Kelly was right. There was something wrong with me. No one just up and leaves their responsibilities like I did. It was unheard of, in our town. Something in me just screamed. I needed to be free. I needed freedom from everything and I never knew how far I wanted the freedom to go. I gave up on a nursing degree when dad lost his legs and went to work full time at the factory that had taken his legs.
Kelly’s childish whine caught my attention, “Ugh fine. But you’re coming over after this...Oh, and I got you a gift.” Like a magician, she pulled a giftbag from under the table.
“If it’s makeup, I’m just gonna toss it in the trash.” I grumbled. I pulled the tissue paper out of the way and pulled out a small box. It was a knife with a holster. “Oh wow.” I was stunned by how much thought Kelly had put into the gift. I stood up.
“Ohmygosh. You’re not going to put that on in here!?” Kelly looked around nervously.
“You bet your sweet ass I am!” I slapped the holster on right in the middle of the restaurant. I was shocked by the quality. “Wow, I think this is the nicest thing you’ve ever given me! Thank you!” It felt nice to have Kelly actually care about this trip.
After we had finished up our lunch, I followed Kelly back to her house. Her parents were quietly tucked away in the tea room, reading from the bible. “Hello Mr. and Mrs. Arneson. Good bye Mr. and Mrs. Arneson.” I said quickly, not even trying to show eye contact. Kelly’s parents had always been like that. Our town had their own beliefs and then there was Kelly’s parents who believed in Jesus.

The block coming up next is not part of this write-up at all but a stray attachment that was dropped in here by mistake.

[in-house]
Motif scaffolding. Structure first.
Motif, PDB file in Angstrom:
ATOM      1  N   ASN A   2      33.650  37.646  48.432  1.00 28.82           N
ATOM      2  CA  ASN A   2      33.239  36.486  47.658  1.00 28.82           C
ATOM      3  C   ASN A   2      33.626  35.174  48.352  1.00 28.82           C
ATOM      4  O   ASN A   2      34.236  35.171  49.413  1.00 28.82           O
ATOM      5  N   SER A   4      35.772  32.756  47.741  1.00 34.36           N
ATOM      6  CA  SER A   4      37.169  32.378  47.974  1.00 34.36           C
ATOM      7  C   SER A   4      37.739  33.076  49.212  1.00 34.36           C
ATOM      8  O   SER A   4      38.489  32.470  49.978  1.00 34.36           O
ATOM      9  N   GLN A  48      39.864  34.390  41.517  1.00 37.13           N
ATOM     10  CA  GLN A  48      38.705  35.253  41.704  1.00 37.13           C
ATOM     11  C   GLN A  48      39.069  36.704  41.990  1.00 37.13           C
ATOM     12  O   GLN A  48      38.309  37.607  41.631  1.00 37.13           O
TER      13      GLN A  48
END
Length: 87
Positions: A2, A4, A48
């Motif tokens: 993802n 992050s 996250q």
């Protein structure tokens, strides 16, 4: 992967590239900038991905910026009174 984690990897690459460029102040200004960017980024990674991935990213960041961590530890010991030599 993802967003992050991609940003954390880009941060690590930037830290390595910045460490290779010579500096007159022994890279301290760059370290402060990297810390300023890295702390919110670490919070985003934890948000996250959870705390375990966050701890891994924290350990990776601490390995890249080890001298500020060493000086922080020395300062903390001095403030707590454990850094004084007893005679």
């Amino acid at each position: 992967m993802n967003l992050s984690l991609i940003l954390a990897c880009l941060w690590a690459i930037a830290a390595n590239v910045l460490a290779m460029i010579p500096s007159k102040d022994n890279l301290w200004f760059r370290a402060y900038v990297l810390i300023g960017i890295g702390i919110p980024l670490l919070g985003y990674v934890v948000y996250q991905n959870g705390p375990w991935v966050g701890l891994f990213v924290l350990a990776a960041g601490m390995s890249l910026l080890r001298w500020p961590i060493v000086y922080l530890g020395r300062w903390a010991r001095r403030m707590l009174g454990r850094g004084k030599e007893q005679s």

Once I had at least acknowledged her parents we rushed up the stairs to her room and for a brief moment, it felt like we were little kids again. We threw ourselves on her bed and laughed, taking in the moment.
Kelly didn’t let me rest for very long. She cleared her throat to get my attention. I opened my eyes to see her standing in the doorway with her fathers clippers. “You thinking what I’m thinking?” She asked in a devious voice.
Kelly had forced me to play ‘Hair Salon’ with her. I sat down in the chair that faced her vanity and snaked a towel around my neck. “Do I get to at least pick out the style?” I grabbed her wrist before she could touch my head with the clippers.
My once long black hair had been completely chopped off. When the last bit of hair fell from my head, I ran my hand over my bald head. In our town, no one ever cut their hair unless there was a death. If someone asked, I would say there was. The death of me.
Kelly snuck me out of her bedroom window, so her parents wouldn’t see my hair. I kept the hood of my coat up all the way home so no one would notice. I was even able to sneak past my dad once I got home.
At home, I tucked myself behind my bedroom door and packed my bags. I stuffed it completely full and slung it on my back. I took on the full weight of the bag as it would be rested on my shoulders for two weeks.
My alarm jolted me awake at four in the morning. I wasn’t ready for that. I knew that the earlier I got on the road, the better. By five, I was on the road and already screaming at the GPS. Thankfully, the interstate was clear, so I was making great time. Then, at nine, I arrived at the parking lot for the Cliffside Monument. I passed the sign that clearly stated that hiking was only allowed until six at night. No camping was allowed.
Before I started my adventure, I made sure to grab everything out of the car. I strapped the holster that Kelly had given me to my leg and secured all the straps on my bag. I stood in front of the parking lot sign, right where the concrete stops and the grass begins. I was ready to throw myself all in for this.
The first step onto the grass was exhilarating. It awoken all my senses and eventually, I caught myself running to the first marker on the trail. All together, the hiking trail had ten markers. Each one marked how many miles you had hiked up the cliff.